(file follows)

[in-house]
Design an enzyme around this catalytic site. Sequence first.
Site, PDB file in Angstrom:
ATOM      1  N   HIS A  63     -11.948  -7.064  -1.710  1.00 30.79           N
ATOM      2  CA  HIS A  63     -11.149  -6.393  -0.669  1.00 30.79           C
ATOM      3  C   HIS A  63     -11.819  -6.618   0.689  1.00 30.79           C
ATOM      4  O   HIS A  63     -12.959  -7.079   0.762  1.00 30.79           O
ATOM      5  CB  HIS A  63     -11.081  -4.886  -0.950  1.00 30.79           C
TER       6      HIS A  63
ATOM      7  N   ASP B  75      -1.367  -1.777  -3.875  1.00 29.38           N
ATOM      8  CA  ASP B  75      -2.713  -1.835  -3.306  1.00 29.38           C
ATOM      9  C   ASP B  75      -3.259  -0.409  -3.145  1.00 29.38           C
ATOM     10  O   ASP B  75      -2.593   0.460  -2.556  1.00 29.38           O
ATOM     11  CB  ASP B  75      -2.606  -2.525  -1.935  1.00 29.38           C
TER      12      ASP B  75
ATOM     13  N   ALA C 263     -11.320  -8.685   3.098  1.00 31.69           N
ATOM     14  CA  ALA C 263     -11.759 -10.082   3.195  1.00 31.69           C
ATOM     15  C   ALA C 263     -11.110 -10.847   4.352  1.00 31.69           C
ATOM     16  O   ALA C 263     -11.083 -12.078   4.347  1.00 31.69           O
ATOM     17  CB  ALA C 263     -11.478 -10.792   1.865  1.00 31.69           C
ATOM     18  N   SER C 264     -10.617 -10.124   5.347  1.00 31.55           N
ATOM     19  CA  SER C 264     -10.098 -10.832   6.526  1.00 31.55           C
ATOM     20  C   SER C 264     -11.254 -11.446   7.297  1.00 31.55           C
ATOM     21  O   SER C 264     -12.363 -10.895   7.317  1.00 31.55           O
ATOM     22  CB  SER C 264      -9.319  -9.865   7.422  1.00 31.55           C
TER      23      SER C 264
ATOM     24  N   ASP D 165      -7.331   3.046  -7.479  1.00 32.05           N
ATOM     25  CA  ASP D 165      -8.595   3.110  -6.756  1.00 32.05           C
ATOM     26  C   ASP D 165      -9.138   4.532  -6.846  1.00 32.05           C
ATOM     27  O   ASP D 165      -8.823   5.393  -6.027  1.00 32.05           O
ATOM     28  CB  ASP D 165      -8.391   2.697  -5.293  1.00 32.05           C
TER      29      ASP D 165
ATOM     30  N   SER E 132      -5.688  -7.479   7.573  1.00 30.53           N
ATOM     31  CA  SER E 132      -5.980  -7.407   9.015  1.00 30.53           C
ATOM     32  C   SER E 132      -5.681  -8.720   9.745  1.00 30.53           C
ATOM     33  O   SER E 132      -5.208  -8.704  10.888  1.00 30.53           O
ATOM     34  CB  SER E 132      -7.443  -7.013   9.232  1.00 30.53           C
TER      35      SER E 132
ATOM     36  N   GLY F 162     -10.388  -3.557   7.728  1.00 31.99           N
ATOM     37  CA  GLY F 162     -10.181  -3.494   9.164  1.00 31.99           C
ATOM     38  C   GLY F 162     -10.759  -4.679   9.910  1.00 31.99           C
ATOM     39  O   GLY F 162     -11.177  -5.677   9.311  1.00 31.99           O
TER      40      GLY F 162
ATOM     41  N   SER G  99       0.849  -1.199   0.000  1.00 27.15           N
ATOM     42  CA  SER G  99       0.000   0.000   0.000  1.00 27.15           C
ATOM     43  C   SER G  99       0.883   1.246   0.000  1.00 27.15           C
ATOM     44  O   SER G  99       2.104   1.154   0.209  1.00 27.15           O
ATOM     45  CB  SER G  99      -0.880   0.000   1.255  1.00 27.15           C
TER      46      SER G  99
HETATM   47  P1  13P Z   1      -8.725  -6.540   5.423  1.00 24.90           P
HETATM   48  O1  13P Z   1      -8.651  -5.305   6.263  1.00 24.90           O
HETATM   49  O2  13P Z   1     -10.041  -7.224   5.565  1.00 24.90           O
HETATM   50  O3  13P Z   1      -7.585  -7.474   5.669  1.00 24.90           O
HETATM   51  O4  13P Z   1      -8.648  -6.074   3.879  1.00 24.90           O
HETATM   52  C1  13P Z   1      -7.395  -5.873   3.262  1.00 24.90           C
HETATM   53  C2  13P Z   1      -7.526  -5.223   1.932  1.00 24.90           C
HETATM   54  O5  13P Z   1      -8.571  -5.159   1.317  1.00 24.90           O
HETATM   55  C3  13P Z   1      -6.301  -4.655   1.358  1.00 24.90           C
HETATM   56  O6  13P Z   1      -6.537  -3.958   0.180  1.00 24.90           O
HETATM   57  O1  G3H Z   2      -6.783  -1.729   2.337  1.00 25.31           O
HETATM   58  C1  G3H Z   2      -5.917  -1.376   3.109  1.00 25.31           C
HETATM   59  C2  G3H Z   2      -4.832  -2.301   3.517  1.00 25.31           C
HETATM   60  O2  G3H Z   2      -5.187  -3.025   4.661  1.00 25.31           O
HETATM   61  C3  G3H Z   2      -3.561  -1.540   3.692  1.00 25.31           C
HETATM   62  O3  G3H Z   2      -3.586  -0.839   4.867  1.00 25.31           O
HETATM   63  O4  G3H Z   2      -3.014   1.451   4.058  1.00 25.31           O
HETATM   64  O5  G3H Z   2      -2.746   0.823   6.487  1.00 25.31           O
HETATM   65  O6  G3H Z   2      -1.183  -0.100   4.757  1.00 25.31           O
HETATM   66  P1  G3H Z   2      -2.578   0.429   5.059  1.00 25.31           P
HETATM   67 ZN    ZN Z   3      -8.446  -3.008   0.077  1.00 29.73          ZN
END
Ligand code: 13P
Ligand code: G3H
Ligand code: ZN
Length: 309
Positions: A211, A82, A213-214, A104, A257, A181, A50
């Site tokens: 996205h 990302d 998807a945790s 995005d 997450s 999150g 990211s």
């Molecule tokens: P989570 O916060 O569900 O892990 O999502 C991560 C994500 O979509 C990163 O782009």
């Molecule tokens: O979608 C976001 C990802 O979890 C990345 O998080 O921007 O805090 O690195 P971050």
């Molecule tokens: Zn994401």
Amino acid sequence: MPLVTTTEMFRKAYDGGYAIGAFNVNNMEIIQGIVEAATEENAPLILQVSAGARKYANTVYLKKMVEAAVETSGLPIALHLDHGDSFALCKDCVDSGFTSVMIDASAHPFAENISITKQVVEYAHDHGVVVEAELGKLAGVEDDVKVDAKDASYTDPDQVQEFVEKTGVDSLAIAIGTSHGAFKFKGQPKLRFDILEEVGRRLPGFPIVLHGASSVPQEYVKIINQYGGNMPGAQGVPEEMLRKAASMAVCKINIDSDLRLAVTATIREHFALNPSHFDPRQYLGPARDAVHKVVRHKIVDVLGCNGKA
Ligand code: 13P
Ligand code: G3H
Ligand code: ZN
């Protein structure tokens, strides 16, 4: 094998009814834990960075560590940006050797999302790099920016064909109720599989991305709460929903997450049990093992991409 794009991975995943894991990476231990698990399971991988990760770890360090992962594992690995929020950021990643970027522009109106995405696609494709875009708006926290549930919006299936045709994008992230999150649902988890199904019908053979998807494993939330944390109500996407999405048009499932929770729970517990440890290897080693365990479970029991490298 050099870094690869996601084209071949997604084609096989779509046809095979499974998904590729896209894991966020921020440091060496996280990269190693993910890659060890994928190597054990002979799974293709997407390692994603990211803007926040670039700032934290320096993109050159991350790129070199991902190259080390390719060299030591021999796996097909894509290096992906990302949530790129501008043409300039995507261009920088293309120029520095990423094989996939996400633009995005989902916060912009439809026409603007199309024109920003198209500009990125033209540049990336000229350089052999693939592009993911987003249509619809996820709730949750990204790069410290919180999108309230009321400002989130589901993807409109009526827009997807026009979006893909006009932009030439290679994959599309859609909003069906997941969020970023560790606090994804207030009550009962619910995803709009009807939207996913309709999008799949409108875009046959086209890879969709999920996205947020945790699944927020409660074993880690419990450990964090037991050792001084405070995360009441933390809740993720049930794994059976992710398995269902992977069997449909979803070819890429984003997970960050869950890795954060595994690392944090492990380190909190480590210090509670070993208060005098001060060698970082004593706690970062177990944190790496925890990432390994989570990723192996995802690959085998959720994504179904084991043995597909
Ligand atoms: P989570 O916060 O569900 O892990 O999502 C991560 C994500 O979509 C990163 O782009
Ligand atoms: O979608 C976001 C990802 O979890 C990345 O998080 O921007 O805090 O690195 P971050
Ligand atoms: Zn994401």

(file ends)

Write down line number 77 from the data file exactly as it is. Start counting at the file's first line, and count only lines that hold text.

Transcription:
């Site tokens: 996205h 990302d 998807a945790s 995005d 997450s 999150g 990211s």